Thus, even when there have been learning gains, the children who were identified as having moderate/ severe difficulties continue to lag behind. It is important to emphasise here that these low levels of learning are not simply attributable to disability as an independent variable. Rather, these findings, as qualitative school-based research has shown, are an indication of systemic inefficiencies, such as quality of teaching, lack of teaching-learning materials and teacher content knowledge. With these factors at play, the situation becomes even more critical for children with disabilities.
We acknowledge that we did not use the complete Child Functioning Module (CFM) as part of the ASER Pakistan survey. Rather, we relied on the Washington Group Short Set with added questions from the CFM, due to issues of space in the survey. Additionally, the assessment tests themselves were not adapted for children with disabilities and focused only on basic numeracy and literacy, even though learning in school leads to a whole range of important and diverse gains. Nonetheless, we argue that while literacy and numeracy are not sufficient in themselves, they are the backbone of the learning experience. Additionally, we did not find any stark differences according to gender.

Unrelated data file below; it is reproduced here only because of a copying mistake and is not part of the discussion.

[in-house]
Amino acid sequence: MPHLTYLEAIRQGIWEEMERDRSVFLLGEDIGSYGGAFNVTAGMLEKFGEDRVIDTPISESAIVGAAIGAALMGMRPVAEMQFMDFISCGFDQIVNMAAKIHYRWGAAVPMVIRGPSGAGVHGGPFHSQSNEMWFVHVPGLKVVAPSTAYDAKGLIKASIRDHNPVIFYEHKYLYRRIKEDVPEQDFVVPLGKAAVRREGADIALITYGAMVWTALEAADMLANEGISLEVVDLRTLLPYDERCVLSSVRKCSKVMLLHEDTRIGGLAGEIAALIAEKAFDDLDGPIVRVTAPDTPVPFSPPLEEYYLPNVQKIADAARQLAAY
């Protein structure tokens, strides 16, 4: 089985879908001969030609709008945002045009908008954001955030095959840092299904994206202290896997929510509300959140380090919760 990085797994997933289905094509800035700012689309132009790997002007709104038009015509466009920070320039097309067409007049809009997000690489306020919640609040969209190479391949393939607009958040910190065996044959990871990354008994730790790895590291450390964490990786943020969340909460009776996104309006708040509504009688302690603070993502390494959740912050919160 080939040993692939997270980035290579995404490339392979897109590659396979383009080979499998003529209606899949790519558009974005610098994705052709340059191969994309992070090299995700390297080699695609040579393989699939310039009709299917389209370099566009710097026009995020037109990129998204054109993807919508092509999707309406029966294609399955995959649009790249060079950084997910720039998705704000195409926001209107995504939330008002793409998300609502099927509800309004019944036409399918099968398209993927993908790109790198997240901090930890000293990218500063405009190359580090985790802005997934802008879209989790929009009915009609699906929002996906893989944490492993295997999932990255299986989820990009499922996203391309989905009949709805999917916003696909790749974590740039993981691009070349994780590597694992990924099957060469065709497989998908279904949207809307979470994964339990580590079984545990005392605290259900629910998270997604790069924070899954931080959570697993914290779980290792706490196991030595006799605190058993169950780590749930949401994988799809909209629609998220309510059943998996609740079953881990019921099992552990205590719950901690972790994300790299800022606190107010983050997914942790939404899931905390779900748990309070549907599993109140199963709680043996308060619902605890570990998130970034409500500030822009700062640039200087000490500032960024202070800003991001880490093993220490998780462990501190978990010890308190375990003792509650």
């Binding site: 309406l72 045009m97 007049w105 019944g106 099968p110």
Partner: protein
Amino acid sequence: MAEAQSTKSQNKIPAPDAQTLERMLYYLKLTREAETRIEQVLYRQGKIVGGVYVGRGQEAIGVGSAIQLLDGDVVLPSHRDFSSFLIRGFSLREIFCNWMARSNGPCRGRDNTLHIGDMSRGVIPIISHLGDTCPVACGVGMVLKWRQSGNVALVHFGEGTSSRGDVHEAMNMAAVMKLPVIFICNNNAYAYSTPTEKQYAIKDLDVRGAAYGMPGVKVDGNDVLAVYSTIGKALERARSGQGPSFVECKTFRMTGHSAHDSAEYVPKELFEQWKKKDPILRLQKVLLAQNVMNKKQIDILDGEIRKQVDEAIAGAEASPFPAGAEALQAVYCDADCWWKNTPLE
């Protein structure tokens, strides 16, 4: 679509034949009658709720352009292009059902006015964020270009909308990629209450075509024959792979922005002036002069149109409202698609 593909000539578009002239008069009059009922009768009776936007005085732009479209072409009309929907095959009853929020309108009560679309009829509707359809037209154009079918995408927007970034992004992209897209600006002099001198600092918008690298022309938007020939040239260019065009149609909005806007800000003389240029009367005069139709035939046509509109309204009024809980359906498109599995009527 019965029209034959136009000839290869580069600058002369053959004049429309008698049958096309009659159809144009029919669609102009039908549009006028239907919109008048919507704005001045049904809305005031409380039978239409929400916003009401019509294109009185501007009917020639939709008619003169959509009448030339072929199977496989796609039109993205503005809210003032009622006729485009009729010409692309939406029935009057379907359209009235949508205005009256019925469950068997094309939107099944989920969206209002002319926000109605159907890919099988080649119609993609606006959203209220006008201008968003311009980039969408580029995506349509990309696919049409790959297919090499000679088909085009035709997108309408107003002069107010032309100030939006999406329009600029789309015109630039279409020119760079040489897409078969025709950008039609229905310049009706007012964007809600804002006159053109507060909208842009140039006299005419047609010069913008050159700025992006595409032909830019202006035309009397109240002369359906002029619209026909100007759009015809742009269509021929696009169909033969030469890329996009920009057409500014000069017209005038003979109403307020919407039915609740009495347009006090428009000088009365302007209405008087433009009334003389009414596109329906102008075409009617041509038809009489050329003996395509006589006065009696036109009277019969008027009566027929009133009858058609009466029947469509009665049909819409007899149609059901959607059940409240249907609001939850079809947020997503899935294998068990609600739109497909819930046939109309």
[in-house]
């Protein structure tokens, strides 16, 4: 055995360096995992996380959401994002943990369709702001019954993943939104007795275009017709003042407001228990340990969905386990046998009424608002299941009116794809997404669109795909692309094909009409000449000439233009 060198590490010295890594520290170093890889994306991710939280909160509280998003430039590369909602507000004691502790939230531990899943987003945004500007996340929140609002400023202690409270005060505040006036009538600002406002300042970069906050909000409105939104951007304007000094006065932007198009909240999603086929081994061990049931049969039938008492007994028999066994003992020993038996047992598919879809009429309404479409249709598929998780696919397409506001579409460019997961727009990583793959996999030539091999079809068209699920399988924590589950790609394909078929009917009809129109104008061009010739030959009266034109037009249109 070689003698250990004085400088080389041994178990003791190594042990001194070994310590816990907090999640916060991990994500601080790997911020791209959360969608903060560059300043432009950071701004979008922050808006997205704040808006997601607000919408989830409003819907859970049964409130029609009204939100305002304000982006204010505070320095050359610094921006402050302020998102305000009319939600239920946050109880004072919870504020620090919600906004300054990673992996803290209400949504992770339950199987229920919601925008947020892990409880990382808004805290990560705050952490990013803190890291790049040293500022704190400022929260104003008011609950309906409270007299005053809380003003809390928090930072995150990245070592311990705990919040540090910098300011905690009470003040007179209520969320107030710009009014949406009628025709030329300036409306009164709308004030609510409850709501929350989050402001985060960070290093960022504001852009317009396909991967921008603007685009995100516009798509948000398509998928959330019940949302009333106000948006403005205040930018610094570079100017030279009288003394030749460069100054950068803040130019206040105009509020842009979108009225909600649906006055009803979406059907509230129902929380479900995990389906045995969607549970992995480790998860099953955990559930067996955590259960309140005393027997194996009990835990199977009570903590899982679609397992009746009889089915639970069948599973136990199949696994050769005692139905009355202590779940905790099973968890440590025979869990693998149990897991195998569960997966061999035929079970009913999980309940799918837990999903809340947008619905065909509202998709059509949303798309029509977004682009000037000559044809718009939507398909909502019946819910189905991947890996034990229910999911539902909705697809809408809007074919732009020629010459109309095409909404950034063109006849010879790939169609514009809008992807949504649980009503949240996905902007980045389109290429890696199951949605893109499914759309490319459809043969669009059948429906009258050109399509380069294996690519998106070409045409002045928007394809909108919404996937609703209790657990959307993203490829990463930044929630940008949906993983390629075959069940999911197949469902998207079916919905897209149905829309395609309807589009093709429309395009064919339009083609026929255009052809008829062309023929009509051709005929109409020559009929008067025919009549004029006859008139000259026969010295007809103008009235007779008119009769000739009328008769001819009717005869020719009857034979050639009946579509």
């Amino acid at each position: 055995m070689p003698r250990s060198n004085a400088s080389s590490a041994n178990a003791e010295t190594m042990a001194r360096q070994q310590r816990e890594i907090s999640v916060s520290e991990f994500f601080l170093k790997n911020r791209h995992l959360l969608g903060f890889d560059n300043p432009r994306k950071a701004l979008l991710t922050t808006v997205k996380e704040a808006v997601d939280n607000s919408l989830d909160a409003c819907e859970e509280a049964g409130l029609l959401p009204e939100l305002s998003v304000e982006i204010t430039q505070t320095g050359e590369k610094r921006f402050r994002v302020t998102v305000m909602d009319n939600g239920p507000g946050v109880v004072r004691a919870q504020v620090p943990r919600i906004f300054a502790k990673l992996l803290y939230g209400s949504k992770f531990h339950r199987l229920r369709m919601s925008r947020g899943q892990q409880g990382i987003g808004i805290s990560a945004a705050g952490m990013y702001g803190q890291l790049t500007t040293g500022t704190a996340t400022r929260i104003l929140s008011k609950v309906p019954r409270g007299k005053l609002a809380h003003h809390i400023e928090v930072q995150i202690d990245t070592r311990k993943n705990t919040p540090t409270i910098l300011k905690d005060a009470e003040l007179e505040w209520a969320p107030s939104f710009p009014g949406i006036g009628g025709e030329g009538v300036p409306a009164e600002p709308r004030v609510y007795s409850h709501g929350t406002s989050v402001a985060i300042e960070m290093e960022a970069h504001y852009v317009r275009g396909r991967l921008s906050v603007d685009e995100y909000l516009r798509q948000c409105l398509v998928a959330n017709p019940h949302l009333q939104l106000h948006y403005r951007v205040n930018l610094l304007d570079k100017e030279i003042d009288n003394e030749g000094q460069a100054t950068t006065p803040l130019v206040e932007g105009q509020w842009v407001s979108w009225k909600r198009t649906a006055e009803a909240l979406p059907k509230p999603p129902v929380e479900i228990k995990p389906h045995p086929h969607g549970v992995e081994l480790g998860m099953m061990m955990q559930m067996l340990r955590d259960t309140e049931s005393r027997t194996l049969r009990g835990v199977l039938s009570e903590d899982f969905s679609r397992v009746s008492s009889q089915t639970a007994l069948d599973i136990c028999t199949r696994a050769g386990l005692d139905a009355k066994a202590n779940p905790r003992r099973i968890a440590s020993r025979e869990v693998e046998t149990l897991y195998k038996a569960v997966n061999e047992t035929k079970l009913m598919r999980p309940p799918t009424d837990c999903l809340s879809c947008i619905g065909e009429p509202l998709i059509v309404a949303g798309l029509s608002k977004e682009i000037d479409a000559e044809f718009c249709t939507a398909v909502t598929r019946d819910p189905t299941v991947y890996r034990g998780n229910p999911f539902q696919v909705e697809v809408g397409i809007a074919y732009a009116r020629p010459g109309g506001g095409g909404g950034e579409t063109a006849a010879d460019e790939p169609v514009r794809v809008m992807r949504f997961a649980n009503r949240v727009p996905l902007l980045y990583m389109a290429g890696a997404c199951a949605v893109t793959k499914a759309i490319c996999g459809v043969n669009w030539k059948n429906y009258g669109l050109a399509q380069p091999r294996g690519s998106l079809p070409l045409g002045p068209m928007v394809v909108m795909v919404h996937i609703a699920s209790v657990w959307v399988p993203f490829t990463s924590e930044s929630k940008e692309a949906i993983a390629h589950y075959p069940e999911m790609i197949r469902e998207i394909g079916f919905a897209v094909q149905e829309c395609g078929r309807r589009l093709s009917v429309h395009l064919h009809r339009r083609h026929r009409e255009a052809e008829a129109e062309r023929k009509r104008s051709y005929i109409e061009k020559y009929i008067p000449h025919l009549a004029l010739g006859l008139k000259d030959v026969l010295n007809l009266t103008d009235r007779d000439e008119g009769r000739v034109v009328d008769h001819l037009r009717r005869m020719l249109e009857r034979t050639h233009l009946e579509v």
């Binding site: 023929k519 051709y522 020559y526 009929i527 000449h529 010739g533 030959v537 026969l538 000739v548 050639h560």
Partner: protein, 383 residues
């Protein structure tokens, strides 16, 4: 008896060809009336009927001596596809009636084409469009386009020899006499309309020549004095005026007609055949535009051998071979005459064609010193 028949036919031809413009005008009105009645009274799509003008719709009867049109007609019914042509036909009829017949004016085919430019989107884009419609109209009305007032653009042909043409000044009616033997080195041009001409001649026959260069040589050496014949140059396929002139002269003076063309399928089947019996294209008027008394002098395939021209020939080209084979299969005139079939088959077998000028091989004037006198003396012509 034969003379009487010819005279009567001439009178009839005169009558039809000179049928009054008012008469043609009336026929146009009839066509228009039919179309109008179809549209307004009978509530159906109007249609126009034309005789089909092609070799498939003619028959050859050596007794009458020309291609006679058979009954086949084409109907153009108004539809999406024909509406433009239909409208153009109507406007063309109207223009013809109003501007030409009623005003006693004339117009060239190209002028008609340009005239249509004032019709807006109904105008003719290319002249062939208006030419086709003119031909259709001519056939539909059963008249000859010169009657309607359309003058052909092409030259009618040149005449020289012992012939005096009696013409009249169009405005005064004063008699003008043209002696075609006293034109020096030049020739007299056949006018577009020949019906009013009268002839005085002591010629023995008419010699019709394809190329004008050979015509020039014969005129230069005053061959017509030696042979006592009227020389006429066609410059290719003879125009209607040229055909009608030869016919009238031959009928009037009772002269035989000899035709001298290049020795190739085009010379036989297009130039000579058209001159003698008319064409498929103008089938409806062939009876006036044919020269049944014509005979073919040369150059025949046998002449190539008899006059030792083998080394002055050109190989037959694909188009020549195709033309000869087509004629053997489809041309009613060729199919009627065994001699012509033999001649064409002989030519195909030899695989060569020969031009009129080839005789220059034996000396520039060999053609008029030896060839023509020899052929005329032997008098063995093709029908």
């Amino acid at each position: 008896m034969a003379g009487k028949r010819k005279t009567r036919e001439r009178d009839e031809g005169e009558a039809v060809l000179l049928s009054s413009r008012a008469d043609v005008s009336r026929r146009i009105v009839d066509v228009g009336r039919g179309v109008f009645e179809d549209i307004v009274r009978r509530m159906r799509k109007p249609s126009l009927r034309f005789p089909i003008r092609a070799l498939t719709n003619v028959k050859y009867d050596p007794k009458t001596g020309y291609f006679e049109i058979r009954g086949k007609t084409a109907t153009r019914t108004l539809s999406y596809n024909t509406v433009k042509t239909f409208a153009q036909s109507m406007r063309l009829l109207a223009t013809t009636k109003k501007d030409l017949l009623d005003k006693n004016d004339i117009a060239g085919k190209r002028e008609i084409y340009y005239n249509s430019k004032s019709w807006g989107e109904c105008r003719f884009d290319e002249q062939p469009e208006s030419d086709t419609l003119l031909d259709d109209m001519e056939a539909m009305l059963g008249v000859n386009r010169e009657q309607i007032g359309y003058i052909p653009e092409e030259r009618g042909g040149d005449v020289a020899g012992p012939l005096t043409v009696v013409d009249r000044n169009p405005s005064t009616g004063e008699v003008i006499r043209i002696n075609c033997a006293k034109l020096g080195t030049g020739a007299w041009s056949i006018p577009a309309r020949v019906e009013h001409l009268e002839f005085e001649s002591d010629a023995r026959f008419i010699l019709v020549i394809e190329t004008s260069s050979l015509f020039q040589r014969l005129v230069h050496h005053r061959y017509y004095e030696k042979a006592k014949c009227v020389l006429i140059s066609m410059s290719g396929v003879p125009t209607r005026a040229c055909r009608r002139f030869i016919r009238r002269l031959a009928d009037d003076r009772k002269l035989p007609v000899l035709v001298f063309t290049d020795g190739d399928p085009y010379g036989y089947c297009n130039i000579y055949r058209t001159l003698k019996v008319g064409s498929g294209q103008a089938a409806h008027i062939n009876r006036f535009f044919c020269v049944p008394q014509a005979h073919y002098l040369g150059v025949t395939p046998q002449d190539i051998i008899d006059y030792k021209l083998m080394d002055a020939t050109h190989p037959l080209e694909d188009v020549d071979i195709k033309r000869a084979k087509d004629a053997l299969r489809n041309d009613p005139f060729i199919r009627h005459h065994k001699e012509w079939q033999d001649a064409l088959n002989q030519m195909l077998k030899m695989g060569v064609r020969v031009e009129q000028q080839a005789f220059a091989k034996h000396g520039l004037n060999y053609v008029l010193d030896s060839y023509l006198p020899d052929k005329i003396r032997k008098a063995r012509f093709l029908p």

Nonetheless, the simple approach adopted in the ASER Pakistan surveys of gathering data which can be disaggregated using an internationally accepted tool highlights two critical messages:
- Improvements in access and learning are slower for children identified as having a range of moderate/ severe difficulties.
- Despite overall increases in enrolment and learning gains in schools, children with moderate/ severe difficulties are less likely to benefit equally from these positive changes.
While such disaggregated data is essential, we must also push for better understanding of school based processes in order to bring about change. As Pakistan, like many other countries, puts in place educational policies to support education for all children, including for those with disabilities, it is vital that these challenges are addressed. The United Nations Committee on the Rights of Persons with Disabilities (UNCRPD) General Comment 4, 2016 clearly noted, “Inclusion involves a process of systemic reform… with a vision serving to provide all students of the relevant age range with an equitable and participatory learning experience and environment that best corresponds to their requirements and preferences. Placing students with disabilities within mainstream classes without accompanying structural changes to, for example, organisation, curriculum and teaching and learning strategies, does not constitute inclusion”.